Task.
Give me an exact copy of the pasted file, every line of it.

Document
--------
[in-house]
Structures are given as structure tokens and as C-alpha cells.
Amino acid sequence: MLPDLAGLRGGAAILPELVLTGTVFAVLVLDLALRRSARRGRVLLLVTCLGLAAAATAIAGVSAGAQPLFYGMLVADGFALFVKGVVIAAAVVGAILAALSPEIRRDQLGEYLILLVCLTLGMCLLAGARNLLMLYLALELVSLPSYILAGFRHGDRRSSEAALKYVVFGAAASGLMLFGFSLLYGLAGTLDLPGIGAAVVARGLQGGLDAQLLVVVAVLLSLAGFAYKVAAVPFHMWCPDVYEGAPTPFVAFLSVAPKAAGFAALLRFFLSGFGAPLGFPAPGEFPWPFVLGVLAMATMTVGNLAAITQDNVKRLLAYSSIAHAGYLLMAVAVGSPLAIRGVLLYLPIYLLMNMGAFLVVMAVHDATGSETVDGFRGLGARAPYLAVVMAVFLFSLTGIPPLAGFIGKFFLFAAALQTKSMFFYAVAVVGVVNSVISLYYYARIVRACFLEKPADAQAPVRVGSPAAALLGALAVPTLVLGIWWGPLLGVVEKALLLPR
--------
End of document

[in-house]
Structures are given as structure tokens and as C-alpha cells.
Amino acid sequence: MLPDLAGLRGGAAILPELVLTGTVFAVLVLDLALRRSARRGRVLLLVTCLGLAAAATAIAGVSAGAQPLFYGMLVADGFALFVKGVVIAAAVVGAILAALSPEIRRDQLGEYLILLVCLTLGMCLLAGARNLLMLYLALELVSLPSYILAGFRHGDRRSSEAALKYVVFGAAASGLMLFGFSLLYGLAGTLDLPGIGAAVVARGLQGGLDAQLLVVVAVLLSLAGFAYKVAAVPFHMWCPDVYEGAPTPFVAFLSVAPKAAGFAALLRFFLSGFGAPLGFPAPGEFPWPFVLGVLAMATMTVGNLAAITQDNVKRLLAYSSIAHAGYLLMAVAVGSPLAIRGVLLYLPIYLLMNMGAFLVVMAVHDATGSETVDGFRGLGARAPYLAVVMAVFLFSLTGIPPLAGFIGKFFLFAAALQTKSMFFYAVAVVGVVNSVISLYYYARIVRACFLEKPADAQAPVRVGSPAAALLGALAVPTLVLGIWWGPLLGVVEKALLLPR